Getting our bodies moving is vital to a healthy lifestyle, but it’s finding the sweet spot between exercising enough and not overdoing it. Exercising too much can put stress on your body, but generally a mix of HIIT, weight training and cardio is a good way to boost your hormone health.
"Yoga and Pilates can help to stretch the muscles and be quietening for the body," adds Burns-Hill. "There is good strength value here too."
Adding to your diet
"Anything that helps move oestrogen through the body and break it down is good," Burns-Hill advises. "Cabbage, Brussel sprouts and spinach, all have something called indoles – they help your body break down oestrogen and process it to softer, safer oestrogens. And add a daily green smoothie to your diet."
Supplements aren’t designed to make up for an unhealthy diet or lifestyle, but adding in a few things to help during difficult periods can make a real difference.
"For mood disorders, I have had great success with 5HTP. It boosts serotonin and will help you feel more robust in yourself, and sleep better. And it starts to work much quicker than antidepressants. (Though if you are taking antidepressants do not use 5HTP because you could run the risk of Serotonin Syndrome, which is too much of the hormone)."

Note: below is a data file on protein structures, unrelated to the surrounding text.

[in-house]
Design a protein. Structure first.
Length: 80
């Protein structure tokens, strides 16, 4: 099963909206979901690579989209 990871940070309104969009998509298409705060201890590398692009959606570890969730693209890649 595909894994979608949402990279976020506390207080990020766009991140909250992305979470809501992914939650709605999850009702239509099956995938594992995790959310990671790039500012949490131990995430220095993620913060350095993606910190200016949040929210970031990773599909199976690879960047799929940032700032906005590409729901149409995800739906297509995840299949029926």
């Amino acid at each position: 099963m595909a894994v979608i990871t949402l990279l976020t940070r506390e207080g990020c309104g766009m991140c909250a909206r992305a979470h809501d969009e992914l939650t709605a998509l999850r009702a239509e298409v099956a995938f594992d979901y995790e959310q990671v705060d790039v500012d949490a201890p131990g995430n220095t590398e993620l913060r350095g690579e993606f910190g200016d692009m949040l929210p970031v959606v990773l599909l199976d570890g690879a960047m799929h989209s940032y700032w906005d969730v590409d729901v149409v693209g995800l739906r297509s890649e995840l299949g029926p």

She adds: "To break down oestrogen you can get good-quality DIM or I3C supplements which can be beneficial."
How will you know if your hormones are balancing out again?
"The tell tale with a woman is the monthly cycle," says Burns-Hill. "If you’ve made real changes, give yourself a cycle to notice if things are improving. It won’t happen all at once but you should find your period doesn't feel quite as draining and heavy. Over a few cycles you should notice more improvements as well as better regularity and predictability.
"Things like hair and skin, with polycystic ovaries, do take a little longer to respond, but pay attention to how you're feeling in yourself. Is your mood better? Are you finding it easier to lose weight?
"We look outwards for a lot of solutions, but we need to get to know ourselves inside out," advises Burns-Hill. "Pay attention to what is going on within and let that be your guide – then recognise when things are changing and resolve to carry on."
This article is not intended to be a substitute for professional medical advice or diagnosis. Always seek the advice of your physician or other qualified health provider with any questions you may have regarding a medical condition.